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Famous People with Asthma

Listing of well known and famous persons both living and deceased who have, and had, Asthma. Asthma is a chronic condition involving the respiratory system in which the airway occasionally constricts, becomes inflamed, and is lined with excessive amounts of mucus, often in response to one or more triggers.

In some individuals asthma is characterized by chronic respiratory impairment.

In other people asthma is an intermittent illness marked by episodic symptoms that may result from a number of triggering events, including upper respiratory infection, stress, airborne allergens, air pollutants (such as smoke or traffic fumes), or exercise.

Asthma is caused by a complex interaction of genetic and environmental factors that researchers do not fully understand yet. These factors can also influence how severe a person's asthma is and how well they respond to medication.

In children, the most common triggers are viral illnesses such as those that cause the common cold. This airway narrowing causes symptoms such as wheezing, shortness of breath, chest tightness, and coughing.

It is recognized with increasing frequency, that patients who have both obstructive sleep apnea (OSA) and bronchial asthma, often improve tremendously when the sleep apnea is diagnosed and treated.

If you have asthma, you're in good company.

Famous People with Asthma
John F. Kennedy - John Fitzgerald Kennedy (May 29, 1917-November 22, 1963), was the thirty-fifth President of the United States, serving from 1961 until his assassination in 1963. Kennedy was assassinated on November 22, 1963, in Dallas, Texas. Lee Harvey Oswald was charged with the crime, but was murdered two days later by Jack Ruby before he could be put on trial. Although he suffered from various illnesses, including asthma, Kennedy always appeared strong and rugged in public and enjoyed working out and playing sports with his family.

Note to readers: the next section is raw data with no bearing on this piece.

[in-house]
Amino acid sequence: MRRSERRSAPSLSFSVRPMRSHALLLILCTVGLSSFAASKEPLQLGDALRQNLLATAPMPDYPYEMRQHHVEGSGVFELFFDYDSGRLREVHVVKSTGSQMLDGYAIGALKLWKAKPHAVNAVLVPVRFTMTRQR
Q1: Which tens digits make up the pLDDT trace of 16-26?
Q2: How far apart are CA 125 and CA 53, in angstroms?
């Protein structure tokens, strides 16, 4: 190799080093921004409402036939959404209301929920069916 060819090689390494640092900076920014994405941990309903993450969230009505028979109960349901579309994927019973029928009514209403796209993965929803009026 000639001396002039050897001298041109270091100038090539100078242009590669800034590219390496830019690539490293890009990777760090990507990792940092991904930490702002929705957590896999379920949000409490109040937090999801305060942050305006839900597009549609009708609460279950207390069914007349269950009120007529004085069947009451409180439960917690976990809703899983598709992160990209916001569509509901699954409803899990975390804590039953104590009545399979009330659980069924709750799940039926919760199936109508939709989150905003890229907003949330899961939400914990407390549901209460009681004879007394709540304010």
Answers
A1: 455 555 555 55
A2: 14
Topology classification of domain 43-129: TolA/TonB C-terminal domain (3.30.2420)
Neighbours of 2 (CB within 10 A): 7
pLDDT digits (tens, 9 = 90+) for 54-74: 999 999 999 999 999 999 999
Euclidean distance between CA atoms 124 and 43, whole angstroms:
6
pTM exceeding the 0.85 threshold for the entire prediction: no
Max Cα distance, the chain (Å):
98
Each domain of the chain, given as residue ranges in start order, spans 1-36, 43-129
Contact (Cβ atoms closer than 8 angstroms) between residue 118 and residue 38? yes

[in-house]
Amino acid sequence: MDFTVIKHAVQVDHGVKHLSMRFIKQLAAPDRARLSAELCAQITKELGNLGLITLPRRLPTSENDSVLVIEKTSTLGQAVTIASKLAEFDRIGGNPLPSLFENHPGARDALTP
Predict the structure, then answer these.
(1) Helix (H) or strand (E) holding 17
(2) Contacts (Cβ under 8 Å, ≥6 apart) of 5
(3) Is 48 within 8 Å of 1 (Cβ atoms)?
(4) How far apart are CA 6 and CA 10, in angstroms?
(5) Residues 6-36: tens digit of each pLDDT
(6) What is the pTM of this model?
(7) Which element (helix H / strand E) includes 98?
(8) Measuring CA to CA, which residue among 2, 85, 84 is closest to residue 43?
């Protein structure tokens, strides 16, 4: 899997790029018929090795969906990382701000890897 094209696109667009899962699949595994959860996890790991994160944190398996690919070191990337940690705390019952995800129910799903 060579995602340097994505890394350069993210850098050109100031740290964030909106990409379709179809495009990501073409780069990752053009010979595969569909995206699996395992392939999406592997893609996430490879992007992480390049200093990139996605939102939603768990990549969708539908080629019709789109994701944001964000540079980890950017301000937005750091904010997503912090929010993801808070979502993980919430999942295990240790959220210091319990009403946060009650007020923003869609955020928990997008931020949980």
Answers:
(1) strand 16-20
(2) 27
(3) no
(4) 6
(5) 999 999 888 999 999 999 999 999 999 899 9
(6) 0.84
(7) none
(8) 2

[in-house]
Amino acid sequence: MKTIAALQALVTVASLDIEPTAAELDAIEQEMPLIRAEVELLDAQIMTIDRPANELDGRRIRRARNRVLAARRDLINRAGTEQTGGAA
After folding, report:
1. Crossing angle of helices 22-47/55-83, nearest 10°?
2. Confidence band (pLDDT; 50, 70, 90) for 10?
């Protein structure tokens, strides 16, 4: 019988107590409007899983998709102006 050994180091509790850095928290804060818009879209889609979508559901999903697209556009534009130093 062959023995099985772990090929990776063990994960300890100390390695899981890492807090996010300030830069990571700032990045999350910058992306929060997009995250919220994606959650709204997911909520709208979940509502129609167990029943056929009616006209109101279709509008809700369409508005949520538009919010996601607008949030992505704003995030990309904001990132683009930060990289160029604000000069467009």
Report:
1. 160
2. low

Ludwig von Beethoven - (1770-1827) - baptized December 17, 1770, died March 26, 1827 was a German composer and pianist. Born in Bonn, Germany, he moved to Vienna, Austria, in his early twenties and settled there, studying with Joseph Haydn and quickly gaining a reputation as a virtuoso pianist. Around 1796, Beethoven began to lose his hearing. He suffered a severe form of tinnitus, a "ringing" in his ears that made it hard for him to perceive and appreciate music; he also avoided conversation. When Beethoven was not sick, or suffering from asthma, he would often take a sketchbook with him and take long strolls in the country.
Alice Cooper (1948) - (born February 4, 1948), birthname Vincent Furnier, is an American rock singer, songwriter and musician whose career spans five decades. In 1974 Furnier legally changed his name to Alice Cooper and launched a solo career. He was a sickly child, and after a series of childhood illnesses, Vincent Furnier and his family moved to Phoenix, Arizona. After Washington Elementary School, Vincent attended Cortez High School in northern Phoenix. Cooper was a member of the Order of DeMolay.
Calvin Coolidge - John Calvin Coolidge, Jr. (July 4, 1872 - January 5, 1933), more commonly known as Calvin Coolidge, was the thirtieth President of the United States (1923-1929). Coolidge's grandfather, Calvin Coolidge, held some local government offices in Plymouth and was best remembered as a man with "a fondness for practical jokes". His grandmother, Sarah Brewer, was also of New England. It is through this ancestor that Coolidge claimed to be descended in part from American Indians. Calvin Coolidge suffered from asthma and because he distrusted physicians, he treated himself with patent medicines and breathed chlorine released into the air of a closed room in futile attempts to alleviate his asthma.